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Parent training improves language development in children with, or at risk of, language impairment
  1. Kate Christina Harvey
  1. Department of Paediatrics, Royal Wolverhampton Hospitals NHS Trust, Wolverhampton, UK
  1. Correspondence to Dr Kate Christina Harvey, Department of Paediatrics, Royal Wolverhampton Hospitals NHS Trust, Wolverhampton WV10 0QP, UK; k.richardson{at}

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Review of: Roberts MY, Curtis PR, Sone BJ, Hampton LH. Association of Parent Training With Child Language Development: A Systematic Review and Meta-analysis. JAMA Pediatr 2019;173(7):671–680

Study design: Systematic review and meta analysis. Four databases searched (ERIC, Academic Search Complete, PsycINFO and PsycARTICLES) for studies in which parents were taught strategies to support their child’s language and communication.

Number of studies included: 76

Setting: 57% North American studies, 26% European studies. 33% of studies were performed within low-income populations.

Patients: 5848 included children had a mean age of 3.5 years. 27 trials studied patients with autistic spectrum disorder (ASD), 10 patients with a developmental language disorder and 34 patients at risk of language impairment (eg, premature birth, siblings with ASD and low-income families).

Intervention: 57 (77%) studies were randomised and 17 (23%) were non-randomised. 63 (83%) studies taught naturalistic language strategies (ie, responding to child communication); 16 (21%) studies taught a dialogue-reading approach (ie, discussion during book reading). 49 (64%) studies taught parents through coaching; 17 (22%) studies taught through workshops; and 21 (28%) studies taught through therapist modelling. Interventions lasted a mean of 23 weeks (median 12 weeks, range 4–120 weeks); frequency of intervention ranged from 1 hour/month to 14 hours/week.

Outcomes: Data were extracted from studies using mean and SD. The Hedges effect size examined the difference in communication and language outcomes between control and test groups. An effect size of 0.2 is generally considered small, 0.5 medium and 0.8 large. Consideration of the context is necessary, as a small effect size may be clinically important in some settings.1

Main results

The results are summarised in table 1.

Table 1

Effect size (95% CI) across measure types and populations

Parent training was associated with improved communication and language in children with a moderate effect size; the most benefit was seen by children with developmental language disorders. Intervention characteristics (length, frequency and type) were not significantly associated with the effects seen.


Parental training in communication and language intervention techniques were associated with improved outcomes for children.


The traditional model of speech and language therapy was to deliver a ‘block’ of treatment to a child; this was done by a therapist with the parents as onlookers. Now, services are increasingly structured around training parents (and others who care for the child) to deliver therapy. This allows the family to integrate therapy into everyday life while also reducing the burden on speech and language therapists.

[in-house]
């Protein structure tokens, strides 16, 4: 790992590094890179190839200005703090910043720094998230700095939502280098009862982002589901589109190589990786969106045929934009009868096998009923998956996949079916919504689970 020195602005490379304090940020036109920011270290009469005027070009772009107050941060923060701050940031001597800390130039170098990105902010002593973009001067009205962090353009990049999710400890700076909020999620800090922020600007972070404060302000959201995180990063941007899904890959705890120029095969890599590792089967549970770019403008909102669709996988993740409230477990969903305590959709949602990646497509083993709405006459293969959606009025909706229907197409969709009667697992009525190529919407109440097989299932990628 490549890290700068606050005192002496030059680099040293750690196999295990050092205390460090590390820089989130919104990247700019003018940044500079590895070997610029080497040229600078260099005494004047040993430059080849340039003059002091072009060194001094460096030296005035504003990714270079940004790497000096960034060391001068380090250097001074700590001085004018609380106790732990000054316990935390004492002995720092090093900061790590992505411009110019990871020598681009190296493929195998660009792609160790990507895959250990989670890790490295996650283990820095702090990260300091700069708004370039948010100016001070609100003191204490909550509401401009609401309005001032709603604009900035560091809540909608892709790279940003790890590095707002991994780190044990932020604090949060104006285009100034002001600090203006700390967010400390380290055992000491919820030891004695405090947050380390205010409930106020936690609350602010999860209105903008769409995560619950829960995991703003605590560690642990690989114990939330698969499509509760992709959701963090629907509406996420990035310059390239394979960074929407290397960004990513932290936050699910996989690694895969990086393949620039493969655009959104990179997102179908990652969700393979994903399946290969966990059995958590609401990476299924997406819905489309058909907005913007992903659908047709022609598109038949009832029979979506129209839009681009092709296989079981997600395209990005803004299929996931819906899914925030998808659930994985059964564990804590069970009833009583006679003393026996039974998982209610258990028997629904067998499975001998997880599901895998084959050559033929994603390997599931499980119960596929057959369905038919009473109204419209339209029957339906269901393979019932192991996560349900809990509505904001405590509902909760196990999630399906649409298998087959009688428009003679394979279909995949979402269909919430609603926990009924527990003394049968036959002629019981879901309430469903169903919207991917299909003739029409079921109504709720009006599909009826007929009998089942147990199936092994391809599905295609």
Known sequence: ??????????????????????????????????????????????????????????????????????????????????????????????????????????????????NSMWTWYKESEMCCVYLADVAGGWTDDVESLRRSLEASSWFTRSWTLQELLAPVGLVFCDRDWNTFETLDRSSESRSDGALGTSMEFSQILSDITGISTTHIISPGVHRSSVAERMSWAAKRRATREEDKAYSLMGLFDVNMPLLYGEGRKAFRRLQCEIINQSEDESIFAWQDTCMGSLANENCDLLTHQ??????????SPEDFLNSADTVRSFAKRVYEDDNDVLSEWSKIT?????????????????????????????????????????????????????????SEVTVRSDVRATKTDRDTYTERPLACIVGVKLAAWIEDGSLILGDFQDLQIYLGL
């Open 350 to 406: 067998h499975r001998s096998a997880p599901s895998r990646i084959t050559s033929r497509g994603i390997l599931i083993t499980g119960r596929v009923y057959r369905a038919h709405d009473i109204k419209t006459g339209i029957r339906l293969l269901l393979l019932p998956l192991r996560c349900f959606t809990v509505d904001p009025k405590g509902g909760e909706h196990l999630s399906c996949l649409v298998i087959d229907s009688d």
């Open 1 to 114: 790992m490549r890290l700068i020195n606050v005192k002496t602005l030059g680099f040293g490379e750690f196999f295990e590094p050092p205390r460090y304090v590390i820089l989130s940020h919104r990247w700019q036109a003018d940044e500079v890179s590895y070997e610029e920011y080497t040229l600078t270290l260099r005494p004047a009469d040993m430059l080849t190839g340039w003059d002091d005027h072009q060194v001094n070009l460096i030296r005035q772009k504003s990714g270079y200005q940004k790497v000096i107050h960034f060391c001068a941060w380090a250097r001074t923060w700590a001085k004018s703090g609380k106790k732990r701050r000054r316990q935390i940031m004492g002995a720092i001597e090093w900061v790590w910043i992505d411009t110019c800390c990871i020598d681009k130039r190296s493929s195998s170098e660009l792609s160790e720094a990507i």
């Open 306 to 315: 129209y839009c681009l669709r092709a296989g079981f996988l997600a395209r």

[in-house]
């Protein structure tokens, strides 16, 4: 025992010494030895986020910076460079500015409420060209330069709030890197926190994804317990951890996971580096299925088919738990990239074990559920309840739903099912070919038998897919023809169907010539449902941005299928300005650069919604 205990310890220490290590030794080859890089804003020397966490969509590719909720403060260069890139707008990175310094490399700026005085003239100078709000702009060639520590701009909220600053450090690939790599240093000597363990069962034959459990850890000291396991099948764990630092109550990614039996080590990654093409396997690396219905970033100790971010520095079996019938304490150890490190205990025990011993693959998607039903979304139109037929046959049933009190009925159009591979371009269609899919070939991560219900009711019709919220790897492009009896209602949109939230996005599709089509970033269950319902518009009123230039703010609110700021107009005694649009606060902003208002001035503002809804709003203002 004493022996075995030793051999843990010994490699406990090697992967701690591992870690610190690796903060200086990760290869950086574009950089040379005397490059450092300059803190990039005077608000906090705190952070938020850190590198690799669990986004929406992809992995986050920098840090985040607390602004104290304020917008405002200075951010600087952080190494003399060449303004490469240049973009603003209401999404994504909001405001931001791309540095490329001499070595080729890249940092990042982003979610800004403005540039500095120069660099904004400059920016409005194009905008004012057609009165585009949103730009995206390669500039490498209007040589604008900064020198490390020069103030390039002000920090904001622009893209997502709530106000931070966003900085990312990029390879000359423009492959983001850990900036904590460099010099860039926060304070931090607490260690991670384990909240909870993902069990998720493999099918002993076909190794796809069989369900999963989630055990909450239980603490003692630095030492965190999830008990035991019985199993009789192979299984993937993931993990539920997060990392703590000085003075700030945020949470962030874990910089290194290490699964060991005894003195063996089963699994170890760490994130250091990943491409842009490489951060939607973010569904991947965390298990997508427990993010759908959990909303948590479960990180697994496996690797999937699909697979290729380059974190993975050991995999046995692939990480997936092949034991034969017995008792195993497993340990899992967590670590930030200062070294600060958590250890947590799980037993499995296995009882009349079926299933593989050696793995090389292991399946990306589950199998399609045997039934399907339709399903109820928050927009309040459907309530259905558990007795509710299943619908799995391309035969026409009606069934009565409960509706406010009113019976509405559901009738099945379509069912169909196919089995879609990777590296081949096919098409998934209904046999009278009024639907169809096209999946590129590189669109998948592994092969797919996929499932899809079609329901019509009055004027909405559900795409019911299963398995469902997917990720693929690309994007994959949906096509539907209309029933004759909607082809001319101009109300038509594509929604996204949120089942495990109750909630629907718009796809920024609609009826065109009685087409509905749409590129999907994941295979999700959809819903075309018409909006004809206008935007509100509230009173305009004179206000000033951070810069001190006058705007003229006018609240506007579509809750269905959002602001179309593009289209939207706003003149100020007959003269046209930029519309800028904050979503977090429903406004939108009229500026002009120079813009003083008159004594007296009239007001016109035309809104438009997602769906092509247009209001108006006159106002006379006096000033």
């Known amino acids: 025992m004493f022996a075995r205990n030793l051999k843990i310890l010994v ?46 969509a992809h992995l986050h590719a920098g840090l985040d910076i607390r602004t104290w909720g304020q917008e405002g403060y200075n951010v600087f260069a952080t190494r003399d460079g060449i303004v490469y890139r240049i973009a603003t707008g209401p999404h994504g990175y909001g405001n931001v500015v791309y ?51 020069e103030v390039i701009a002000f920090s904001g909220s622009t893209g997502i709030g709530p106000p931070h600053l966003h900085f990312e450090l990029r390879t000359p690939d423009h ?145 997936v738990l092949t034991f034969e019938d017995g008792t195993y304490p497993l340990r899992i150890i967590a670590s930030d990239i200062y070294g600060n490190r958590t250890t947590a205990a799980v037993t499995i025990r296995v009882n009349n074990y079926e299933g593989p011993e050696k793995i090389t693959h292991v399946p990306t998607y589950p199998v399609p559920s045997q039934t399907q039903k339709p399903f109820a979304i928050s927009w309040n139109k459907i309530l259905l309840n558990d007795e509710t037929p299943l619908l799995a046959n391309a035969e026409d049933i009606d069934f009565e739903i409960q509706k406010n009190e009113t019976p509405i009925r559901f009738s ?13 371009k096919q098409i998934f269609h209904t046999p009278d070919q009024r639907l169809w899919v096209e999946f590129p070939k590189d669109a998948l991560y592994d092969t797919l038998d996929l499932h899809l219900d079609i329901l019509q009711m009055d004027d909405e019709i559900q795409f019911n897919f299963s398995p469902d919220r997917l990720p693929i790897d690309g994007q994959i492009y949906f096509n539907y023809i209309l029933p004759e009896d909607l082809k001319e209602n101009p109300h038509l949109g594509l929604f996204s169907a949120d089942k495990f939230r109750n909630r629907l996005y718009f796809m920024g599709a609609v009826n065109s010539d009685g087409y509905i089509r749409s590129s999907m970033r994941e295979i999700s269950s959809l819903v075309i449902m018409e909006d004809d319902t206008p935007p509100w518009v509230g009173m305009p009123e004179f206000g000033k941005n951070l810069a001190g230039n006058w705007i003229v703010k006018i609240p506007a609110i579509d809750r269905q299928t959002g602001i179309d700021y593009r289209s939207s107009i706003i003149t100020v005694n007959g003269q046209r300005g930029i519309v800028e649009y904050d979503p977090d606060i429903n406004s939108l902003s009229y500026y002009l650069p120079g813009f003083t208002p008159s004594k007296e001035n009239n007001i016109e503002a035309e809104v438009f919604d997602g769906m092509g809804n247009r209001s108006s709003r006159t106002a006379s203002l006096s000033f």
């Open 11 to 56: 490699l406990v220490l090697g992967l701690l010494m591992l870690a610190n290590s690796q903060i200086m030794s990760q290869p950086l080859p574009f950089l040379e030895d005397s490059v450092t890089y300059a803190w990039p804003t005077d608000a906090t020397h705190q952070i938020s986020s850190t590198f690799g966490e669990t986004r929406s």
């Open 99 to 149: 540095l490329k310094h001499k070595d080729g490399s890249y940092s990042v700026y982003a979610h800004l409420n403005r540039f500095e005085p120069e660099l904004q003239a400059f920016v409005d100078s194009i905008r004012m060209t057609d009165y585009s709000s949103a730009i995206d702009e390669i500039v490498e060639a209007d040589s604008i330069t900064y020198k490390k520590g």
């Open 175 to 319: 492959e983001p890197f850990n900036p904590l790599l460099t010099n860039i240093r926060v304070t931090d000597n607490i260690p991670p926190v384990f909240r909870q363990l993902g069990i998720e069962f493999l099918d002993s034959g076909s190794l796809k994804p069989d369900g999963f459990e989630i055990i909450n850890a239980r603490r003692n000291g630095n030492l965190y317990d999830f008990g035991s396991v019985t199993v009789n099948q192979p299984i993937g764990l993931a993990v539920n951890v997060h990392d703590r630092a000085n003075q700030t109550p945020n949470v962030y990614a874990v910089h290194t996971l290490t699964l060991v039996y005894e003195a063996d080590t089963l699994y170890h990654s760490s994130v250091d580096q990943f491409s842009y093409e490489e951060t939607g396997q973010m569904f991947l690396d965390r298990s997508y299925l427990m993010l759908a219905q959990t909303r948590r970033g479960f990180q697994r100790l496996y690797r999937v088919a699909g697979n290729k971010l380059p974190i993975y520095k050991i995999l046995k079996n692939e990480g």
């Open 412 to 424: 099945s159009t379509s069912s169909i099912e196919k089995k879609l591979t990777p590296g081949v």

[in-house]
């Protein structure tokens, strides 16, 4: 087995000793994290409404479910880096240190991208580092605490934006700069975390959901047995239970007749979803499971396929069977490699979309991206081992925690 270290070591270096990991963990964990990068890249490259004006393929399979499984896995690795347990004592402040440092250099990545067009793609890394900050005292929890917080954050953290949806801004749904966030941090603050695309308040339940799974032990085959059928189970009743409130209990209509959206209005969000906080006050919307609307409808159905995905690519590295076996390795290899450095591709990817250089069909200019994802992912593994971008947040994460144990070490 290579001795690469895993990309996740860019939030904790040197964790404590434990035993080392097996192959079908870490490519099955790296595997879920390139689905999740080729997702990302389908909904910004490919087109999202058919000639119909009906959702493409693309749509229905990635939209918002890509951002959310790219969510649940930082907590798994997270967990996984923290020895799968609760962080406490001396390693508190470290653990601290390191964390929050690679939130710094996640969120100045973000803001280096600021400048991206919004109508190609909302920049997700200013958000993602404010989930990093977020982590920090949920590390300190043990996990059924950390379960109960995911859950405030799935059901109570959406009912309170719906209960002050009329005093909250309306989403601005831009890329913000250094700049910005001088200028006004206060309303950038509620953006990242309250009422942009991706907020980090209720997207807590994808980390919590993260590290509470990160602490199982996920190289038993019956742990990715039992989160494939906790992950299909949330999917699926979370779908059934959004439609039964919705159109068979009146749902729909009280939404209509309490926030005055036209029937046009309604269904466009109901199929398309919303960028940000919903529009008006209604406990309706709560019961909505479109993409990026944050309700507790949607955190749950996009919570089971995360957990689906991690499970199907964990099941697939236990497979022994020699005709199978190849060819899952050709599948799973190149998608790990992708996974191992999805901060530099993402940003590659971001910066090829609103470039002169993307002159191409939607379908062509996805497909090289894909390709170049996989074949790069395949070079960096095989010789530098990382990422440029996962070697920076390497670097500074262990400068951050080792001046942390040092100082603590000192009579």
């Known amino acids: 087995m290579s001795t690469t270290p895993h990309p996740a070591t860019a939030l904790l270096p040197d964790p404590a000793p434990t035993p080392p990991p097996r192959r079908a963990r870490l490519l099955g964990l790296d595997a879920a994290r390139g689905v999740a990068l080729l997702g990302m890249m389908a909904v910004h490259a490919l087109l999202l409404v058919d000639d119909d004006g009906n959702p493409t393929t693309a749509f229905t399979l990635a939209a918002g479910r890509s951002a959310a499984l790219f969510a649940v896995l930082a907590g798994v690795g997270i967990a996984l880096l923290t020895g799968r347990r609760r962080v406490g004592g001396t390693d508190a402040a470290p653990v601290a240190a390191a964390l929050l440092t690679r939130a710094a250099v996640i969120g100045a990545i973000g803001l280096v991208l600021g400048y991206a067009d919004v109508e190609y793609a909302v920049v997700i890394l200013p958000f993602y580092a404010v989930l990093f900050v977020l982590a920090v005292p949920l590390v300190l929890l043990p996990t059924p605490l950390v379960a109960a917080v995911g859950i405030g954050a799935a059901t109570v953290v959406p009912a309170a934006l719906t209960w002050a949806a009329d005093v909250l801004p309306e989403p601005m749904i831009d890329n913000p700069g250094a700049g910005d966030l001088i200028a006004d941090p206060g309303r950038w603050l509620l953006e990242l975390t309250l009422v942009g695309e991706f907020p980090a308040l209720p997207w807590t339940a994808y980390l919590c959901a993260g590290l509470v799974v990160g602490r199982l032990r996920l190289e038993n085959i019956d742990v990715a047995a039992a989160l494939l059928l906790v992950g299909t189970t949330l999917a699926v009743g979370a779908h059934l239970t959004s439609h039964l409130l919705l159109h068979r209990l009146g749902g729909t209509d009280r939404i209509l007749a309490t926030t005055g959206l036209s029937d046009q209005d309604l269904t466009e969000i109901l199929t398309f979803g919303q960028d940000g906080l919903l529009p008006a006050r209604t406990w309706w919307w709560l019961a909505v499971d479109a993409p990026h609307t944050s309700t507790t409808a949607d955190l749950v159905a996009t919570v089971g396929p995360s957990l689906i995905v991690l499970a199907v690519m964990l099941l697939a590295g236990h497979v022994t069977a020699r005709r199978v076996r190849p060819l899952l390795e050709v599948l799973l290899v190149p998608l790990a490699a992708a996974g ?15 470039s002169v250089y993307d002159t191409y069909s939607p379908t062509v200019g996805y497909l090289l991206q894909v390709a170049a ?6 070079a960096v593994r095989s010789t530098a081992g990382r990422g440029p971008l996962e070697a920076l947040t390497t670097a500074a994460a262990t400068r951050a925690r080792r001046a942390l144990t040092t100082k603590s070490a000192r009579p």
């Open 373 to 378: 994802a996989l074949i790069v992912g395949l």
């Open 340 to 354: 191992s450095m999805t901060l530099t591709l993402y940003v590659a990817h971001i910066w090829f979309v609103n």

This paper seeks to amalgamate the evidence supporting or refuting the efficacy of parent training programmes. It is unconventional to perform a meta-analysis on such a heterogenous group of studies, with so many different outcomes. The precision of the reported effect sizes is therefore questionable. That aside, it is otherwise a well-designed systematic review, including mainly randomised trials published within the past 9 years. The most impressive effect sizes are seen for children with developmental language disorder, although there were fewer included studies looking at this patient group, and not all outcomes were reported on.

This paper supports the use of a parent-delivered model by giving evidence of its efficacy. Much of the work done by children’s therapy teams is lacking robust evidence; therefore, this paper is refreshing and encouraging. As paediatricians, this evidence may help us to reassure parents who are sceptical about the changes from a therapist-delivered to a parent-delivered model (with the often associated reduction in session numbers), although of course this paper did not directly address the question of new vs old.

The paper also does not give any guidance about the optimal duration and frequency of parent training sessions. In the included studies, there was a large variation in the intervention length and dose (hours/week), with no significant difference in outcomes based on these variables. Further studies in this area would guide practice and rationalise the commissioning of services.

Abstract and commentary by: Dr Kate Harvey, Royal Wolverhampton Hospitals NHS Trust, Wolverhampton, UK;


The author thanks Marty Richardson for her statistical support and Sarah Drayton for her expertise in Speech and Language Therapy service provision.



  • Contributors KH wrote the abstract and the commentary.

  • Provenance and peer review Not commissioned; internally peer reviewed.